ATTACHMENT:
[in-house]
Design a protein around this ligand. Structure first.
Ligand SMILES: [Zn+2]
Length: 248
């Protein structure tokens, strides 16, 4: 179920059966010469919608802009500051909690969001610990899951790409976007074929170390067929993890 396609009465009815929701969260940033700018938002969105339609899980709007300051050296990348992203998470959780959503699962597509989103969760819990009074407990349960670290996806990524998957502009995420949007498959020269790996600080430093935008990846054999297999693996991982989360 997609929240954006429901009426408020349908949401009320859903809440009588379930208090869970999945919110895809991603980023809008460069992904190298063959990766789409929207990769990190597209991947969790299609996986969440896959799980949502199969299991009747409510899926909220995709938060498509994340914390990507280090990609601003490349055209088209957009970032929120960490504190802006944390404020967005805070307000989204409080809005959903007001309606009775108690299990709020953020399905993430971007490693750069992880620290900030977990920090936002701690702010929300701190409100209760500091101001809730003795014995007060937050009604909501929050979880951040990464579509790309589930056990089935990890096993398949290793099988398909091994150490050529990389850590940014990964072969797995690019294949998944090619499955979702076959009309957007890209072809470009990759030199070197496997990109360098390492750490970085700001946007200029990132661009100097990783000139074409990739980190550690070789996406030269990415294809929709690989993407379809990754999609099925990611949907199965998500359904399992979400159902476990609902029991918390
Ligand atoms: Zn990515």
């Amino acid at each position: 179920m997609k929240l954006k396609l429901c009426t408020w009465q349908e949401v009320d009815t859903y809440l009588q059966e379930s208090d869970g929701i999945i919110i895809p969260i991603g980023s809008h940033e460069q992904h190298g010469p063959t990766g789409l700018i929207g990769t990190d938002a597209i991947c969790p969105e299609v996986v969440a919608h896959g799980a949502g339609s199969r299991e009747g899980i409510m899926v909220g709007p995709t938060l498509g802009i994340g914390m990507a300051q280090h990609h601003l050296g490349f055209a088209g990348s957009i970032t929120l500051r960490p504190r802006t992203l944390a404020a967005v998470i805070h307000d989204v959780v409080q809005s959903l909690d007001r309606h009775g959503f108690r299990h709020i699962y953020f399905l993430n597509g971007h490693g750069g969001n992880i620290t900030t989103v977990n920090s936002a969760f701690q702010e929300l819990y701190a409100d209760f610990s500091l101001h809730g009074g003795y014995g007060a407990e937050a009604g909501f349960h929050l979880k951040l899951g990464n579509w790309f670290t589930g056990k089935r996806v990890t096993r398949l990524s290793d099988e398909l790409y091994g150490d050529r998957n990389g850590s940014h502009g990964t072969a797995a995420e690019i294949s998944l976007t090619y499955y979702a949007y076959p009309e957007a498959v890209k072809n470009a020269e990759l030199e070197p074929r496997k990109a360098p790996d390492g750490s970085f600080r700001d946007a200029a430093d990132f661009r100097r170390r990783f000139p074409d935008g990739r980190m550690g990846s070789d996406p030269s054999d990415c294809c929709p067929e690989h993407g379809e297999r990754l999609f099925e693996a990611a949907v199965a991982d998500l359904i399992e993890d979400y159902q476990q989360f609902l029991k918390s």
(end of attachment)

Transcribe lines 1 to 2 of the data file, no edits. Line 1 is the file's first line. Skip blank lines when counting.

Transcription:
[in-house]
Design a protein around this ligand. Structure first.